Krakus Mound is thought to be the resting place of Krakow's mythical founder, the legendary King Krakus. It has the base diameter of 60 metres and the height of 16 metres. Together with nearby Wanda Mound, it is one of Krakow's two prehistoric mounds, and the oldest man-made structure in Krakow. Nearby are also two other non-prehistoric, man-made mounds, Kościuszko Mound, constructed in 1823, and Piłsudski's Mound, completed in 1937.
The age and the original purpose of the mound remain a mystery, although religious and memorial purposes have been ascribed to the mounds. Excavations conducted in mid-1930s revealed that the mound consists of a solid wooden core covered with soil and turf. Some artifacts dating from between the 8th and 10th centuries were found inside, but no human remains or bones were discovered. According to another hypothesis the mound is of Celtic origin and dates from the 2nd-1st century BCE. Mythical origins are also connected to the mound. Krakus is said to have been constructed to honour the death of King Krakus when mourning townspeople filled their sleeves with sand and dirt and brought it to the site of the Krakus Mound to create a mountain that would rule over the rest of the landscape, as King Krakus had. Originally, four smaller mounds ringed the Krakus Mound, but they were demolished in the 19th century to create Krakow's city wall.
Similar to other ancient structures, such as Stonehenge, the Krakus Mound may have been constructed with astronomy in mind. If one stands on the Krakus Mound and looks towards Wanda Mound at sunrise on the morning of Beltane, the second-largest Celtic feast day, one will see the sun rise directly over Wanda Mound.References:
The Cloth Hall in Kraków dates to the Renaissance and is one of the city's most recognizable icons. It is the central feature of the main market square in the Kraków Old Town (listed as a UNESCO World Heritage Site since 1978).
The hall was once a major centre of international trade. Traveling merchants met there to discuss business and to barter. During its golden age in the 15th century, the hall was the source of a variety of exotic imports from the east – spices, silk, leather and wax – while Kraków itself exported textiles, lead, and salt from the Wieliczka Salt Mine.
Kraków was Poland's capital city and was among the largest cities in Europe already from before the time of the Renaissance. However, its decline started with the move of the capital to Warsaw in the very end of the 16th century. The city's decline was hastened by wars and politics leading to the Partitions of Poland at the end of the 18th century. By the time of the architectural restoration proposed for the cloth hall in 1870 under Austrian rule, much of the historic city center was decrepit. A change in political and economic fortunes for the Kingdom of Galicia and Lodomeria ushered in a revival due to newly established Legislative Assembly or Sejm of the Land. The successful renovation of the Cloth Hall, based on design by Tomasz Pryliński and supervised by Mayor Mikołaj Zyblikiewicz, Sejm Marshal, was one of the most notable achievements of this period.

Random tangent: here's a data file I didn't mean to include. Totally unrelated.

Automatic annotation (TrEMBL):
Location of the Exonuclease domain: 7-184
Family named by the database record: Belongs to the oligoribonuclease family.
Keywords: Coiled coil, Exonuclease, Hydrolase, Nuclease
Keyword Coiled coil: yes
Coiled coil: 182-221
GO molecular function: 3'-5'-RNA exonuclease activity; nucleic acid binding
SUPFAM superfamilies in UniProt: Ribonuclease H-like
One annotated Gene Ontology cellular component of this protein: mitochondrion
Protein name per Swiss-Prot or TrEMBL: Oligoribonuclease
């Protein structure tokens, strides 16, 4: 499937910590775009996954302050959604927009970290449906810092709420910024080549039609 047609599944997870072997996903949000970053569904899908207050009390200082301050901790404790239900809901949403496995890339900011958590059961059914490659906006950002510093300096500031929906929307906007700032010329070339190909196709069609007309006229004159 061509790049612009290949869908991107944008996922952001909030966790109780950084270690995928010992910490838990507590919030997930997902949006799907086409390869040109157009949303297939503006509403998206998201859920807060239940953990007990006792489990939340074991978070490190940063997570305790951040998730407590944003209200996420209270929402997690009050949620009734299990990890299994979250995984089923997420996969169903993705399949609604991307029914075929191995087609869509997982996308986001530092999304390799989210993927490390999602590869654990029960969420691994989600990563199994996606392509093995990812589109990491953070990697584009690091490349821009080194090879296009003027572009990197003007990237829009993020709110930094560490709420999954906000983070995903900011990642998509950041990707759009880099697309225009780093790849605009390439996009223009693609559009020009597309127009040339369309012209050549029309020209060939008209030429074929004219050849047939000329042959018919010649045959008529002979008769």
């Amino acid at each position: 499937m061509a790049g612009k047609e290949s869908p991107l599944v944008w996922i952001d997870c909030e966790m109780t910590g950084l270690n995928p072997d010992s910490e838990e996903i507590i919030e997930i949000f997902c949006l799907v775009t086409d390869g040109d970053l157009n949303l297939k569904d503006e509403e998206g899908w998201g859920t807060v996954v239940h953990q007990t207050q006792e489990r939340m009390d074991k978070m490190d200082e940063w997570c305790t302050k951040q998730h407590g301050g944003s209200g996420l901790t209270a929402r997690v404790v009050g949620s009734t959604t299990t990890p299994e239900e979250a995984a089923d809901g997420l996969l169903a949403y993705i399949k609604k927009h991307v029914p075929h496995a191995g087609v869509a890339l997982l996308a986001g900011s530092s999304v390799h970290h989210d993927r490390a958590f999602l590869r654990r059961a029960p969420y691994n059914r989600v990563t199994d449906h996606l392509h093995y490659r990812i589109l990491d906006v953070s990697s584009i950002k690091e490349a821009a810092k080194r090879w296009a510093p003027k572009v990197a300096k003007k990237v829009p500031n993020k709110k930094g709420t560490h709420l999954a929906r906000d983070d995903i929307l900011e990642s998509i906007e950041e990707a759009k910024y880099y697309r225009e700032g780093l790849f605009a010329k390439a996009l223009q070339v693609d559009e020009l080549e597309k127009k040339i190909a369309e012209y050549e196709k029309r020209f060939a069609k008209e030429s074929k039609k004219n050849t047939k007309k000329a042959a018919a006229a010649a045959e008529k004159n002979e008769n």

The hall has hosted many distinguished guests over the centuries and is still used to entertain monarchs and dignitaries, such as Charles, Prince of Wales and Emperor Akihito of Japan, who was welcomed here in 2002. In the past, balls were held here, most notably after Prince Józef Poniatowski had briefly liberated the city from the Austrians in 1809. Aside from its history and cultural value, the hall still is still used as a center of commerce.
On the upper floor of the hall is the Sukiennice Museum division of the National Museum, Kraków. It holds the largest permanent exhibit of the 19th-century Polish painting and sculpture, in four grand exhibition halls arranged by historical period and the theme extending into an entire artistic epoch. The museum was upgraded in 2010 with new technical equipment, storerooms, service spaces as well as improved thematic layout for the display.
The Gallery of 19th-Century Polish Art was a major cultural venue from the moment it opened on October 7, 1879. It features late Baroque, Rococo, and Classicist 18th-century portraits and battle scenes by Polish and foreign pre-Romantics.